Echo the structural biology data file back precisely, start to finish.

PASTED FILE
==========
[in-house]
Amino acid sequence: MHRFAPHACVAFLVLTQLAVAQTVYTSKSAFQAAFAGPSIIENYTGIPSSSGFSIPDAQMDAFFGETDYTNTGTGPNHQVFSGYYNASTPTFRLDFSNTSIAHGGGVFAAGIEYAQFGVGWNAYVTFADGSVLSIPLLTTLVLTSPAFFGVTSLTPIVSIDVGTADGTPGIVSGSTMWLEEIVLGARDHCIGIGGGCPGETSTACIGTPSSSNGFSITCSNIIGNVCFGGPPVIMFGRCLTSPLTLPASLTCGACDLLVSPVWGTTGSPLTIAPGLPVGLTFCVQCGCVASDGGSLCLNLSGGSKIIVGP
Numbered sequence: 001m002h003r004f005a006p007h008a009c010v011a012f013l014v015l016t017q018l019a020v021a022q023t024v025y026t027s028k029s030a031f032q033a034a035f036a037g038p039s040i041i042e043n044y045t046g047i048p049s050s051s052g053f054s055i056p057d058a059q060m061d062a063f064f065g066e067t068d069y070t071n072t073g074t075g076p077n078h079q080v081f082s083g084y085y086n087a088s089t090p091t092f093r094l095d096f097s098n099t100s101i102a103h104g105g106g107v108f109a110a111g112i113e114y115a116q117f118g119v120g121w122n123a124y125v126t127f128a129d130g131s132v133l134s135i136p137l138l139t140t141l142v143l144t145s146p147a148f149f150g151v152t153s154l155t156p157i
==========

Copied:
[in-house]
Amino acid sequence: MHRFAPHACVAFLVLTQLAVAQTVYTSKSAFQAAFAGPSIIENYTGIPSSSGFSIPDAQMDAFFGETDYTNTGTGPNHQVFSGYYNASTPTFRLDFSNTSIAHGGGVFAAGIEYAQFGVGWNAYVTFADGSVLSIPLLTTLVLTSPAFFGVTSLTPIVSIDVGTADGTPGIVSGSTMWLEEIVLGARDHCIGIGGGCPGETSTACIGTPSSSNGFSITCSNIIGNVCFGGPPVIMFGRCLTSPLTLPASLTCGACDLLVSPVWGTTGSPLTIAPGLPVGLTFCVQCGCVASDGGSLCLNLSGGSKIIVGP
Numbered sequence: 001m002h003r004f005a006p007h008a009c010v011a012f013l014v015l016t017q018l019a020v021a022q023t024v025y026t027s028k029s030a031f032q033a034a035f036a037g038p039s040i041i042e043n044y045t046g047i048p049s050s051s052g053f054s055i056p057d058a059q060m061d062a063f064f065g066e067t068d069y070t071n072t073g074t075g076p077n078h079q080v081f082s083g084y085y086n087a088s089t090p091t092f093r094l095d096f097s098n099t100s101i102a103h104g105g106g107v108f109a110a111g112i113e114y115a116q117f118g119v120g121w122n123a124y125v126t127f128a129d130g131s132v133l134s135i136p137l138l139t140t141l142v143l144t145s146p147a148f149f150g151v152t153s154l155t156p157i